Tonight, we will celebrate with white bean/bacon soup, pumpkin bars, limited-release Surly Darkness beer (gaspingly expensive), and a night of music seeing his favorite group, Cloud Cult (having conveniently driven their biodiesel van to Duluth to perform on the anniversary of his birth).
This talented grown-up boy,
still discovering the myriad vagaries that constitute “ambition,”
There’s a special lull in the rhythm of the semester when students are cranking away on big projects and readying themselves for the intensity that is the End of the Semester. The work isn’t flying in because they’re diligently, one hopes, doing the work. I’m in that lull right now, swinging and swaying and trailing my fingertips across the surface of the water as the rowboat drifts.
Ah, were it that relaxed. Rather, I view this lull as the only time I have to prep for next semester, which, in online teaching, means going into each course “shell” and getting sixteen weeks’ of content, quizzes, announcements, grade book items, and discussions ready for January. In courses that I’ve taught before, this is a fairly rote process of changing dates, swapping out stale activities, rearranging some due dates so as to create better flow, updating references, and the like. It takes some hours, but the meat of the class is already in place, having been copied from a previous semester.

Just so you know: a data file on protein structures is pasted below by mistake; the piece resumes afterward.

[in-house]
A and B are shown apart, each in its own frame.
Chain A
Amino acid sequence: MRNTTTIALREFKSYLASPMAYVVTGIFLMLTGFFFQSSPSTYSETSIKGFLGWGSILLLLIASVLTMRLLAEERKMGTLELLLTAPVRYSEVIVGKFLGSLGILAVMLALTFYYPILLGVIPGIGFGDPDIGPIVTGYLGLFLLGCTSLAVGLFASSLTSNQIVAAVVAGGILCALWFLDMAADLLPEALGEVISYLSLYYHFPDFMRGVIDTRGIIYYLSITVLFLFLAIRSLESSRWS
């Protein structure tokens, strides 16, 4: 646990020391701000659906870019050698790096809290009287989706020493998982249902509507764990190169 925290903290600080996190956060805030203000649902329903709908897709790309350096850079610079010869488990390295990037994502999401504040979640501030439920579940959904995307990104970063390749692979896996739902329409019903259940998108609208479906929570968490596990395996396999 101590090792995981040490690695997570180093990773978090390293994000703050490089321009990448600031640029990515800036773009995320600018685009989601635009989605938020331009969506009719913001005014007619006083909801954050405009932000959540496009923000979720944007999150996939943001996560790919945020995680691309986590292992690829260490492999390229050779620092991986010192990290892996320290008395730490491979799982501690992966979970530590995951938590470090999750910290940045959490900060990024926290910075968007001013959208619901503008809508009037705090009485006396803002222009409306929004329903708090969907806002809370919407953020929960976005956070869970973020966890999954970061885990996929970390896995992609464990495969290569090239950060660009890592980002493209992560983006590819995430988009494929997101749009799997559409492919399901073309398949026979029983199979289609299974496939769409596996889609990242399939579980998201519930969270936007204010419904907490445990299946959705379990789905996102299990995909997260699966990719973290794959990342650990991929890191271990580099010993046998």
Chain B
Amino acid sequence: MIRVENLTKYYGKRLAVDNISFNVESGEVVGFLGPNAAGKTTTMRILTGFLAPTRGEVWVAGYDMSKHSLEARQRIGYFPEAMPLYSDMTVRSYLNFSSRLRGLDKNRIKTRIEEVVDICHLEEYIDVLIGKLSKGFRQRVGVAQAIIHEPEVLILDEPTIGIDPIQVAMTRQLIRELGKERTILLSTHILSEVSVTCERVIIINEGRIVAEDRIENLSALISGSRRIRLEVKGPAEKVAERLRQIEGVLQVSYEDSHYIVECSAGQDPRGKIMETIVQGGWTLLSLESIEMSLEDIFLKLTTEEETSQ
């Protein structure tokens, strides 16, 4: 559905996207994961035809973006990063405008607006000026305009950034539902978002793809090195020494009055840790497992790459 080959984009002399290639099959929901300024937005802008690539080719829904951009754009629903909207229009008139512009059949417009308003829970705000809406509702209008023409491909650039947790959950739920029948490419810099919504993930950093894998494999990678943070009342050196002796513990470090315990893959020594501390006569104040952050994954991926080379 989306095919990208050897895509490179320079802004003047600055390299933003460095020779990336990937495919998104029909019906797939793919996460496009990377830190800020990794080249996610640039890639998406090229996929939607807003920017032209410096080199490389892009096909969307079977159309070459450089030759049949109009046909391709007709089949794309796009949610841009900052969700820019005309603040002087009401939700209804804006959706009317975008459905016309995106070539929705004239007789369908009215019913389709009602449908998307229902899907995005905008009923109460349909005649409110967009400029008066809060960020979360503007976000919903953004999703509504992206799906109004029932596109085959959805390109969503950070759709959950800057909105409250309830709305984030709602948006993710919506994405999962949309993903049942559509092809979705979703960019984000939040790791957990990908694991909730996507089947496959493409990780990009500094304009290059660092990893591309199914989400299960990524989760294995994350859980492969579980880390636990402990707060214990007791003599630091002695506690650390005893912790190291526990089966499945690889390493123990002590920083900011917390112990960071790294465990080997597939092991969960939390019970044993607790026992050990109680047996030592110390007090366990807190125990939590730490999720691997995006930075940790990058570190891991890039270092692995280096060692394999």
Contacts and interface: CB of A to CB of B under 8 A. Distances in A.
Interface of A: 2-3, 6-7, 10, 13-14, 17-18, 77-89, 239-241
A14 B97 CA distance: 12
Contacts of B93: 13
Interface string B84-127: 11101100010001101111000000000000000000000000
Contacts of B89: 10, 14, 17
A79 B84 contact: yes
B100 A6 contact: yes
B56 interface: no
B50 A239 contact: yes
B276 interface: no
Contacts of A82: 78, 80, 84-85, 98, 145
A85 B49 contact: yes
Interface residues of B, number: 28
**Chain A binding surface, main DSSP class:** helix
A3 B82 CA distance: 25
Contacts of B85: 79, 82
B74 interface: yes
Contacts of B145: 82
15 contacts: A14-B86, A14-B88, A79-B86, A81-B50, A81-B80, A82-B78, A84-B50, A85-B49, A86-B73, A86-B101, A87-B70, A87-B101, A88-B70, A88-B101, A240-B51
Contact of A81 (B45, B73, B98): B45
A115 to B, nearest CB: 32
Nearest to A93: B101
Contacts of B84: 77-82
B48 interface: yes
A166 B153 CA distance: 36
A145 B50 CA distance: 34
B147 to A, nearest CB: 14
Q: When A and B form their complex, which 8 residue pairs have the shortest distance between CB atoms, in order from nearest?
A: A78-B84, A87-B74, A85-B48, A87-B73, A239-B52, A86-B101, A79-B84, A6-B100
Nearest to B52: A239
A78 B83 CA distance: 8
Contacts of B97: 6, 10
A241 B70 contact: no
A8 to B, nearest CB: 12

A new online course creates a radically different time demand, however. With a new course, the “shell” is completely empty and makes the instructor staring into that space-loaded-with-potential feel like a person who’s just bought a parcel of land and now needs to design and build a house upon it before the first snowfall. The prospect is exciting and terrifying and a benefaction and a curse. So much is possible. Too much is possible. Only the application of myriad hours dotted with beads of sweat and a few fits of weeping can move the work forward, in lurching fashion, with a step forward and three back and a jump over here and a stumble over there.